Planning ahead will make moving much less stressful, and our moving checklist will help. 

Crunching the numbers

Many people’s financial plan in downsizing is to free up some of the capital tied up in the family home, either to invest for income, or to buy some lifestyle assets, like a new car, caravan or boat. But if you receive a pension you need to make sure you crunch the numbers on this strategy: examine the impact to your pension under both the asset and income tests. If you are purchasing lifestyle assets, they don’t produce income, nor are they deemed to earn income for pension purposes — they are simply assets.

Others intend to supersize their downsize — they are paying more for their new home than they get for their old one. It is common to see this when people are moving closer to town, or to a whole new area, where the property prices are quite different from their current area. If you receive a pension you need to crunch the numbers on this strategy too. Such a move may increase your pension entitlement.

The deemed income and pension estimator will help your work out what these numbers could be. 


Granny flats

Granny flat arrangements embody significant legal and financial issues, including social security implications. There are limits to what you can pay, and amounts over the limit will be treated as a gift. It is very important to understand and deal with these at the start, to avoid problems down the track. 

Generally speaking, the amount you pay for a granny flat right is considered, by definition, to be the market price. Because they are family arrangements it can be difficult to place any other value on them. However, if you are a pensioner, Centrelink can apply a reasonableness test to a granny flat right in certain circumstances.

Use the granny flat reasonable test calculator below to work out what it might be for you.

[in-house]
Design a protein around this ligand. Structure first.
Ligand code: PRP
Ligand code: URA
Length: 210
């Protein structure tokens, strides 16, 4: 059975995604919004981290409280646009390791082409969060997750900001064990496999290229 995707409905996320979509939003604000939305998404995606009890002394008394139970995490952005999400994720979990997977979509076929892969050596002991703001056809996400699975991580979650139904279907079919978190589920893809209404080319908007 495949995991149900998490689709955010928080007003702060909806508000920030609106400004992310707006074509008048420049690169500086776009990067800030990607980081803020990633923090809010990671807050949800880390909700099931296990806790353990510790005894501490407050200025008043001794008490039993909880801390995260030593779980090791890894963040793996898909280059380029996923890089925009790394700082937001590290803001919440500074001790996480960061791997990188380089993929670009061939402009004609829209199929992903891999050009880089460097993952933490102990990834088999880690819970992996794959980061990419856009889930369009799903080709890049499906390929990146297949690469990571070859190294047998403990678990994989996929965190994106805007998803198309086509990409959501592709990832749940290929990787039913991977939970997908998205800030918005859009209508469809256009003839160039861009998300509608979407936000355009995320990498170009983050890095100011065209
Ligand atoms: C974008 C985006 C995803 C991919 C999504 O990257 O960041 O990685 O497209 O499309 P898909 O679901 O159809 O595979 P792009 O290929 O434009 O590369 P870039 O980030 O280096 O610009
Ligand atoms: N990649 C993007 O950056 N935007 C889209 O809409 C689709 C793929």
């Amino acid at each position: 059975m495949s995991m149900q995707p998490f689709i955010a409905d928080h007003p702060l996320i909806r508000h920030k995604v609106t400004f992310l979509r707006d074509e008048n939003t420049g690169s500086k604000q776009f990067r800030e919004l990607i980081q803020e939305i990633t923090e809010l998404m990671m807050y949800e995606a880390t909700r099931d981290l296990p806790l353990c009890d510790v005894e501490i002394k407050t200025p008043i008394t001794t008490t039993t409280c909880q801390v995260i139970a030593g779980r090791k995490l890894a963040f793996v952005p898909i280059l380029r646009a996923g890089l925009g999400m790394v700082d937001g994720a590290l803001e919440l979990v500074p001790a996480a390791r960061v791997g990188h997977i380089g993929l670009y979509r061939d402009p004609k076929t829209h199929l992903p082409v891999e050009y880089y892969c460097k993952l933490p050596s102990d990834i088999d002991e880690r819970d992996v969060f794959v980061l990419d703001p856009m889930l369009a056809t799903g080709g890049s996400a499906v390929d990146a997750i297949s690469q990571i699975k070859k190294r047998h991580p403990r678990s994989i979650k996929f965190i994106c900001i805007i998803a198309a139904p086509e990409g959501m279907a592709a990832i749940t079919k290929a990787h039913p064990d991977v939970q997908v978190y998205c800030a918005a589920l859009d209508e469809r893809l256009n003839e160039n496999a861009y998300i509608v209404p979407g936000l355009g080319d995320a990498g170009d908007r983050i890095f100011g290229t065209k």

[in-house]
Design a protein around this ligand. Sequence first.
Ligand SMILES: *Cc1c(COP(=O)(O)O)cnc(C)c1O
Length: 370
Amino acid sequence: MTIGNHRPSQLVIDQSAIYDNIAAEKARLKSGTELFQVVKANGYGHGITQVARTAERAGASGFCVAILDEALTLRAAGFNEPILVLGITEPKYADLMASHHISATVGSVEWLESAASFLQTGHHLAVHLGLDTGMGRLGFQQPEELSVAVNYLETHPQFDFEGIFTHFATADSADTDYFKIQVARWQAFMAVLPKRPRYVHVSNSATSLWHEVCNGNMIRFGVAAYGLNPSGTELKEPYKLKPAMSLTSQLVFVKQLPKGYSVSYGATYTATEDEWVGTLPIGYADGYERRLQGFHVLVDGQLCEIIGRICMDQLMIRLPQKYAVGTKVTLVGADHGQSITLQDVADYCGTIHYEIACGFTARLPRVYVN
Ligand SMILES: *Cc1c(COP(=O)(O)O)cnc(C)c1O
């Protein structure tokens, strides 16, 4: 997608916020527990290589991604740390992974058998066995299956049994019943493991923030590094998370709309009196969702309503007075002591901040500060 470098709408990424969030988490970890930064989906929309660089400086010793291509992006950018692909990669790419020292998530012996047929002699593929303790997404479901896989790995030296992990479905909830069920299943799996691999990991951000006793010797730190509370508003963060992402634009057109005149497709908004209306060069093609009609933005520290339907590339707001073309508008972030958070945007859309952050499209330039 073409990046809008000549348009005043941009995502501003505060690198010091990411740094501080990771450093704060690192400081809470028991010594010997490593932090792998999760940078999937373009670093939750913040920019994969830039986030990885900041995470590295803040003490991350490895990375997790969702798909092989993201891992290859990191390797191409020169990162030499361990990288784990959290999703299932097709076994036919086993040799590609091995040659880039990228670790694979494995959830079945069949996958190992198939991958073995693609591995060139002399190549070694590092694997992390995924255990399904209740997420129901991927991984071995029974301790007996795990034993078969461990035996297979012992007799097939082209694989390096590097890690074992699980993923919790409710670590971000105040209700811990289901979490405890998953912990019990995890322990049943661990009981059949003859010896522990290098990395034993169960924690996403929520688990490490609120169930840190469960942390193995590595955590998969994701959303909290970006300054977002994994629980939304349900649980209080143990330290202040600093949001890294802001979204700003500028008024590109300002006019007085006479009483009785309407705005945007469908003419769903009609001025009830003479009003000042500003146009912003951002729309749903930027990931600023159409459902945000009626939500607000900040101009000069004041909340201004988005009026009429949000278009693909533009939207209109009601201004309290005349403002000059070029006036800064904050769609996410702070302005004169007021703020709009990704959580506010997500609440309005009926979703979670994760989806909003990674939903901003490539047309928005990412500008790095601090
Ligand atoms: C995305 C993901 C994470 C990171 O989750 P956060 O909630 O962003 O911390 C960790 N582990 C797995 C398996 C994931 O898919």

Although Centrelink does not require a legal document to accept that a granny flat right has been established, they do recommend that people consult their solicitor and perhaps have a document prepared to give evidence of the arrangement. The granny flat checklist will make sure you don’t miss anything.  

Use the exercises to help you make your downsizing decisions. Dive deeper into your downsizing journey and uncover the essential steps to guide you forward here, or visit a village that can offer you a FREE Village Guru Report, which can give you all the costs for that village in one simple report.

Get a FREE Village Guru Report

A Village Guru Report showcases the costs of entering, living in, and exiting a village, coupled with projections of your Age Pension and Rent Assistance entitlements. It can even show you how much funding is available through a Home Care Package and what the fees will be.

Visit a village that can offer a FREE Village Guru Report, and make the move with confidence.

Disclaimer: While a Village Guru Report provides valuable insights, it doesn’t replace professional financial advice. You should seek advice from an accredited Retirement Living and Aged Care Specialist® Financial Adviser. Connect with an Adviser.

Download the 1st chapter free!